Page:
Mike Pesca

Mike Pesca first reached the airwaves as a 10-year-old caller to a New York Jets-themed radio show and has since been able to parlay his interests in sports coverage as a National Desk correspondent  for NPR based in New York City.

Pesca enjoys training his microphone on anything that occurs at a track, arena, stadium, park, fronton, velodrome or air strip (i.e. the plane drag during the World's Strongest Man competition). He has reported from Los Angeles, Cleveland and Gary. He has also interviewed former Los Angeles Ram Cleveland Gary. Pesca is a panelist on the weekly Slate podcast “Hang up and Listen”.

In 1997, Pesca began his work in radio as a producer at WNYC. He worked on the NPR and WNYC program On The Media. Later he became the New York correspondent for NPR's midday newsmagazine Day to Day, a job that has brought him to the campaign trail, political conventions, hurricane zones and the Manolo Blahnik shoe sale. Pesca was the first NPR reporter to have his own podcast, a weekly look at gambling cleverly titled “On Gambling with Mike Pesca.”

Pesca, whose writing has appeared in Slate and The Washington Post, is the winner of two Edward R. Murrow awards for radio reporting and, in1993, was named Emory University Softball Official of the Year.

He lives in Manhattan with his wife Robin, sons Milo and Emmett and their dog Rumsfeld. A believer in full disclosure, Pesca rates his favorite teams as the Jets, Mets, St. Johns Red Storm and Knicks, teams he has covered fairly and without favor despite the fact that they have given him a combined one championship during his lifetime as a fully cognizant human.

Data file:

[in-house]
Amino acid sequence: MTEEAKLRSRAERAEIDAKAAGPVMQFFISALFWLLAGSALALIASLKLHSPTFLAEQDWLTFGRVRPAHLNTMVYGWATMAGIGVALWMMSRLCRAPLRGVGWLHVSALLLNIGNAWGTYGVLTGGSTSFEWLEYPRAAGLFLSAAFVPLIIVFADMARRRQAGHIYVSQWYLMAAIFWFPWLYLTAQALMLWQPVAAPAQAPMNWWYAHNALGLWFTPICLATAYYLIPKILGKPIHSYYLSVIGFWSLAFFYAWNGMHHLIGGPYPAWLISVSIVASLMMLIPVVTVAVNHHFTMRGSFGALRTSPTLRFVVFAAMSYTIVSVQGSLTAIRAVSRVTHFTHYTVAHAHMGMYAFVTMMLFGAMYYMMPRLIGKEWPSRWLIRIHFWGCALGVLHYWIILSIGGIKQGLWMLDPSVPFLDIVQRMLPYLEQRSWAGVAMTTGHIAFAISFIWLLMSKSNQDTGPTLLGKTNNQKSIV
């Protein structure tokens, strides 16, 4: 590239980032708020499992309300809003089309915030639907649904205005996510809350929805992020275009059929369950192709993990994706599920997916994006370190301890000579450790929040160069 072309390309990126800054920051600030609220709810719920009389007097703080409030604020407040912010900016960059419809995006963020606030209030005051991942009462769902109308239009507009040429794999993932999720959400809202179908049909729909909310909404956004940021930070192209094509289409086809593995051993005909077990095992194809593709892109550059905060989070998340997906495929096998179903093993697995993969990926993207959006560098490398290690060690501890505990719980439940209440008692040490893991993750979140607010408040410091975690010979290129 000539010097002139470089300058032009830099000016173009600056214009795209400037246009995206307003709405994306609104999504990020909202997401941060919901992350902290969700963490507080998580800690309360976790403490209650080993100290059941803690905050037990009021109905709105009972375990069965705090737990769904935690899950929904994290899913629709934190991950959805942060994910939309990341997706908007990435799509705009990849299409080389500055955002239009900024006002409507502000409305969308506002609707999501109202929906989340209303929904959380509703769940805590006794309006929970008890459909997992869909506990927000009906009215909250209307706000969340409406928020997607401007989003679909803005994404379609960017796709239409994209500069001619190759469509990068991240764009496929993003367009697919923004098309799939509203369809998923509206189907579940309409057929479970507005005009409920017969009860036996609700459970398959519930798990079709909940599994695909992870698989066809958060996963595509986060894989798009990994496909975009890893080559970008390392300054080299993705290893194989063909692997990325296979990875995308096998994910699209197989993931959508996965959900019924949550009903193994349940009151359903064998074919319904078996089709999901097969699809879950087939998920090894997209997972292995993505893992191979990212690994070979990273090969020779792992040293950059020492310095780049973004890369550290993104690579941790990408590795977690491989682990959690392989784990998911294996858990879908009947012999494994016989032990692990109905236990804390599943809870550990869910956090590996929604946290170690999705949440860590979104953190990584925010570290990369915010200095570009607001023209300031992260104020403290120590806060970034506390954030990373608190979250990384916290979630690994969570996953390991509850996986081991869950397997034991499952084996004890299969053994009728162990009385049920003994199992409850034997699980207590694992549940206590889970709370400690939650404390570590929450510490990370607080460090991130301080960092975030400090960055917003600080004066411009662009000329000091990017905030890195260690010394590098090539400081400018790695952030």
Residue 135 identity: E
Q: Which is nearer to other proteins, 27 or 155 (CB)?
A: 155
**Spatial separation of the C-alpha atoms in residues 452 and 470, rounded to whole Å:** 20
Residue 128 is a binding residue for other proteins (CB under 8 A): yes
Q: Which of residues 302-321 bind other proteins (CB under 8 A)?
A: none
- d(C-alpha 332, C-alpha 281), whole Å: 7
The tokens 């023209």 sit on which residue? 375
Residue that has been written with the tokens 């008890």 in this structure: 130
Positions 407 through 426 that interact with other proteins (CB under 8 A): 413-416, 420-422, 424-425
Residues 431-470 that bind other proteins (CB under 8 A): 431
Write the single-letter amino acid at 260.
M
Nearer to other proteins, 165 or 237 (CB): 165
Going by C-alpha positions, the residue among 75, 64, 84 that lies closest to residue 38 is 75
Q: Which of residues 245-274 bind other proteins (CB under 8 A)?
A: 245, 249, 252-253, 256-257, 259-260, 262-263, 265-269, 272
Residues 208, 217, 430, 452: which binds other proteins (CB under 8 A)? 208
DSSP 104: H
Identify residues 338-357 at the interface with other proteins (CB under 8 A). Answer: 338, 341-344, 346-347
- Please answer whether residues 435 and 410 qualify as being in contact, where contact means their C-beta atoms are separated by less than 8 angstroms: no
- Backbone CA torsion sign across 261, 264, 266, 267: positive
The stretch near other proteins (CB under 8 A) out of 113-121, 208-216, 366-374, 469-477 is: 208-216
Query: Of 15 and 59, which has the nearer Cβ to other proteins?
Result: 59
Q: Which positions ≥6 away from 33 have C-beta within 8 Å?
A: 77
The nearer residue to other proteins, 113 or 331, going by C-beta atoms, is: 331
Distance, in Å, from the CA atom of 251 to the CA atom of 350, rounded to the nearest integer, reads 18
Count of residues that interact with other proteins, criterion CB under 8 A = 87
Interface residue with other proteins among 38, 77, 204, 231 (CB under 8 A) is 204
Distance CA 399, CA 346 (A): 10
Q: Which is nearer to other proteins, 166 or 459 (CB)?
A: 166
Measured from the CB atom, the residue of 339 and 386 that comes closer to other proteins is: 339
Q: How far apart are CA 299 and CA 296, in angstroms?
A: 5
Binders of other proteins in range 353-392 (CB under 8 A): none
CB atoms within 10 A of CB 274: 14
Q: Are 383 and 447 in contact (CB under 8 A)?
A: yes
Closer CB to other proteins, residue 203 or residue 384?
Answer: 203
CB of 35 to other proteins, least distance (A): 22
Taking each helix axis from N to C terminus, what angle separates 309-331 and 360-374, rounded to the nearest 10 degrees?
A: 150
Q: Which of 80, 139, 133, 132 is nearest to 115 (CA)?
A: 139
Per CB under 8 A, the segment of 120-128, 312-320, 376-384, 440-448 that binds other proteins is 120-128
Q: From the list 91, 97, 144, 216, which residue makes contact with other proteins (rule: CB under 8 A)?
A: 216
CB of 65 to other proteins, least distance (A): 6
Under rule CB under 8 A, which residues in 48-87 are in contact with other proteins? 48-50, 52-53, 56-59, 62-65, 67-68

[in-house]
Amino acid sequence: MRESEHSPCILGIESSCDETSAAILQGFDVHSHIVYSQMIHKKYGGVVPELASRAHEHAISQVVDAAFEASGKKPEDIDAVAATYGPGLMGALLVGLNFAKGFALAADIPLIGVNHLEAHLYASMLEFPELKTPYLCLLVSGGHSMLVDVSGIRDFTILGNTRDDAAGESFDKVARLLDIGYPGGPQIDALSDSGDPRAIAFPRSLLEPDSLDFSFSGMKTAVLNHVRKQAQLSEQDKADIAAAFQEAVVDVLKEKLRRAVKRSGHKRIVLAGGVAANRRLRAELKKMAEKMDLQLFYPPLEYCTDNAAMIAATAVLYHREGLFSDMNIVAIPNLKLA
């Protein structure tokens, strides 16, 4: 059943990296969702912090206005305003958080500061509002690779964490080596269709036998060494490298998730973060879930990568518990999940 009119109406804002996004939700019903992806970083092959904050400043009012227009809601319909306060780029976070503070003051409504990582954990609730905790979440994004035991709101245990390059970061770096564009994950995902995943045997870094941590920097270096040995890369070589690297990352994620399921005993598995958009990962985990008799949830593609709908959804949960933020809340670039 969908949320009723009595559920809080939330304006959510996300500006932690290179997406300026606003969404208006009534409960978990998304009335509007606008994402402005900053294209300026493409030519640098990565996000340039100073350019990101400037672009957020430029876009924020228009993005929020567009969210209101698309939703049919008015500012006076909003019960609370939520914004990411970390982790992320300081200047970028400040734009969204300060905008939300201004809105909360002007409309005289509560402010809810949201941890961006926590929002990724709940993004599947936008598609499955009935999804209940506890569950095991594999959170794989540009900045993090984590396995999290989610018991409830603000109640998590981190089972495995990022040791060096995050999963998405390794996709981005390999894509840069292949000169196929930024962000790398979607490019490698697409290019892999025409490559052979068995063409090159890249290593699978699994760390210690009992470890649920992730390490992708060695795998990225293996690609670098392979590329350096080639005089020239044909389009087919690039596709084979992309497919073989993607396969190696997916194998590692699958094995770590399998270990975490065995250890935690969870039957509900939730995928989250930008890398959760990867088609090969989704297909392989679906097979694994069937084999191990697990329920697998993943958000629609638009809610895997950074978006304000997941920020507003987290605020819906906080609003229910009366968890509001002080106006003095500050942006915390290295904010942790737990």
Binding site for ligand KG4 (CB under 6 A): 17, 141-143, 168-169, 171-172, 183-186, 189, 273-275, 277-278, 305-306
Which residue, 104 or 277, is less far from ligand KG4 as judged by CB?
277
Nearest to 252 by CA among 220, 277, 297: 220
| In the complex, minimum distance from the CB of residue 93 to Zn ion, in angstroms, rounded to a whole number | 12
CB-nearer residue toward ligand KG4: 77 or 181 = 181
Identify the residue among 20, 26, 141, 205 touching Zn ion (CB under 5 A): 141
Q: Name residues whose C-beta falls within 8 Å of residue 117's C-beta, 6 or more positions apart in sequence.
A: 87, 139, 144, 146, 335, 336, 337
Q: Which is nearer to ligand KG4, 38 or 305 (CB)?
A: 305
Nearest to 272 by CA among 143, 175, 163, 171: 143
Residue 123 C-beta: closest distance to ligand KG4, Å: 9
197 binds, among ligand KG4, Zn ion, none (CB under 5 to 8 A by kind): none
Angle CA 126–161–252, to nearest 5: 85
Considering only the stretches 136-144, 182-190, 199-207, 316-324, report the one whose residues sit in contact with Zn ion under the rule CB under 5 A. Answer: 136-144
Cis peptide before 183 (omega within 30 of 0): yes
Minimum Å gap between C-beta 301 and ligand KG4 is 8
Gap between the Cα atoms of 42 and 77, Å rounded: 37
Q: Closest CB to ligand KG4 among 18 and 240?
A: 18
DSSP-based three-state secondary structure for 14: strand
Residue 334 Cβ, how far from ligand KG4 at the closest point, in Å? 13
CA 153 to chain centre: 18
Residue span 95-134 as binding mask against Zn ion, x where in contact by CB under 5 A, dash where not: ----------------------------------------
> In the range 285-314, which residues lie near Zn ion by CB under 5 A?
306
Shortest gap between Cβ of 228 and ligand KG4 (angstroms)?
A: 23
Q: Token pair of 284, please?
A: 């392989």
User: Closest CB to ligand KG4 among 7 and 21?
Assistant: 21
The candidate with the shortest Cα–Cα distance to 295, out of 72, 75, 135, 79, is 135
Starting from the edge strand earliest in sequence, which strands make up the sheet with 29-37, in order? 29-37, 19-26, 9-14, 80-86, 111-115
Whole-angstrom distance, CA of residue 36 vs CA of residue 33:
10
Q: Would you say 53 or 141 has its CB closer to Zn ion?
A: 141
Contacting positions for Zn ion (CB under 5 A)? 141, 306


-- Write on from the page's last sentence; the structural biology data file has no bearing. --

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The Torch
11:28 am
Mon July 30, 2012

Overturned Judo Result Called A 'Farce' And Parody

A judo judge waves a blue flag to award victory to South Korea's Cho Jun-Ho Sunday. But moments later, judges raised white flags instead, giving the win to Masashi Ebinuma of Japan.
Franck Fife AFP/Getty Images

Judo is a sport of leverage, strength, tactics and cunning. These attributes can appear to the uninitiated to be two people attempting to grab each other, without success, for five minutes. And then when no points are scored, they try to grab each other for another three minutes of overtime.

One of these gripping contests — the men's quarterfinals at 66 kg — has become the source of international indignation over a perceived injustice. But with the sport of Judo, an apparently firm set of circumstances can flip in an instant.

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Sports
4:11 pm
Mon July 9, 2012

For R.A. Dickey, Knuckleballs Are Personal

New York Mets pitcher R.A. Dickey delivers his signature pitch, with its unusual grip, against the Arizona Diamondbacks on May 6. He's the only knuckleballer in the major leagues, and the pitch has earned him a 12-1 record so far this season.
Kathy Willens AP

Originally published on Mon July 9, 2012 11:32 pm

R.A. Dickey's career as a major league pitcher has been as unpredictable as his signature pitch, the knuckleball.

And on Tuesday night, the New York Mets' 37-year-old phenomenon will hit a new pinnacle: the pitching mound at baseball's All-Star Game.

He won't be starting for the National League — manager Tony La Russa chose Matt Cain of the San Francisco Giants for that honor. But the manager says says Dickey will pitch.

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